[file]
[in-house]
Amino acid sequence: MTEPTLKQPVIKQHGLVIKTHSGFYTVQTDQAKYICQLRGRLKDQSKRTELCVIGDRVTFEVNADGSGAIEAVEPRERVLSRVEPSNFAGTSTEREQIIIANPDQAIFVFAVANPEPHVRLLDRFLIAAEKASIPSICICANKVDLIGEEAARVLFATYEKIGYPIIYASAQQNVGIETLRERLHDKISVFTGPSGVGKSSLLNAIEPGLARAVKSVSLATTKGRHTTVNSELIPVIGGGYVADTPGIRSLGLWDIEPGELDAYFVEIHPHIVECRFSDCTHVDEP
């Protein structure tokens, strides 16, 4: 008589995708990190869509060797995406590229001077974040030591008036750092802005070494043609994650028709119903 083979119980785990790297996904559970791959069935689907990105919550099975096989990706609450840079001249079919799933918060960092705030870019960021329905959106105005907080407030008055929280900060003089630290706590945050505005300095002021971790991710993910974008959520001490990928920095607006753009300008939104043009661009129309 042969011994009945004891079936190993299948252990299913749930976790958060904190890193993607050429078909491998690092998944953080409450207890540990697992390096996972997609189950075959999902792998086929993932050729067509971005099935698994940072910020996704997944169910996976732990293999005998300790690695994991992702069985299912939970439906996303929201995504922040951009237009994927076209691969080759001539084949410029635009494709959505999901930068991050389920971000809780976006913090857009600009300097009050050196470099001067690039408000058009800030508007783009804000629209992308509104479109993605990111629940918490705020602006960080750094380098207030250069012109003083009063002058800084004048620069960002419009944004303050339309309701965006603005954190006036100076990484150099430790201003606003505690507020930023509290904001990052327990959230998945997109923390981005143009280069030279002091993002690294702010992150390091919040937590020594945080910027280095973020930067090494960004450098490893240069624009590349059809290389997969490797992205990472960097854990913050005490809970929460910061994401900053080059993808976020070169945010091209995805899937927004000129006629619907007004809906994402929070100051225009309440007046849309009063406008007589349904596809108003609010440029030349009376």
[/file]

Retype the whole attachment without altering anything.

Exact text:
[in-house]
Amino acid sequence: MTEPTLKQPVIKQHGLVIKTHSGFYTVQTDQAKYICQLRGRLKDQSKRTELCVIGDRVTFEVNADGSGAIEAVEPRERVLSRVEPSNFAGTSTEREQIIIANPDQAIFVFAVANPEPHVRLLDRFLIAAEKASIPSICICANKVDLIGEEAARVLFATYEKIGYPIIYASAQQNVGIETLRERLHDKISVFTGPSGVGKSSLLNAIEPGLARAVKSVSLATTKGRHTTVNSELIPVIGGGYVADTPGIRSLGLWDIEPGELDAYFVEIHPHIVECRFSDCTHVDEP
């Protein structure tokens, strides 16, 4: 008589995708990190869509060797995406590229001077974040030591008036750092802005070494043609994650028709119903 083979119980785990790297996904559970791959069935689907990105919550099975096989990706609450840079001249079919799933918060960092705030870019960021329905959106105005907080407030008055929280900060003089630290706590945050505005300095002021971790991710993910974008959520001490990928920095607006753009300008939104043009661009129309 042969011994009945004891079936190993299948252990299913749930976790958060904190890193993607050429078909491998690092998944953080409450207890540990697992390096996972997609189950075959999902792998086929993932050729067509971005099935698994940072910020996704997944169910996976732990293999005998300790690695994991992702069985299912939970439906996303929201995504922040951009237009994927076209691969080759001539084949410029635009494709959505999901930068991050389920971000809780976006913090857009600009300097009050050196470099001067690039408000058009800030508007783009804000629209992308509104479109993605990111629940918490705020602006960080750094380098207030250069012109003083009063002058800084004048620069960002419009944004303050339309309701965006603005954190006036100076990484150099430790201003606003505690507020930023509290904001990052327990959230998945997109923390981005143009280069030279002091993002690294702010992150390091919040937590020594945080910027280095973020930067090494960004450098490893240069624009590349059809290389997969490797992205990472960097854990913050005490809970929460910061994401900053080059993808976020070169945010091209995805899937927004000129006629619907007004809906994402929070100051225009309440007046849309009063406008007589349904596809108003609010440029030349009376």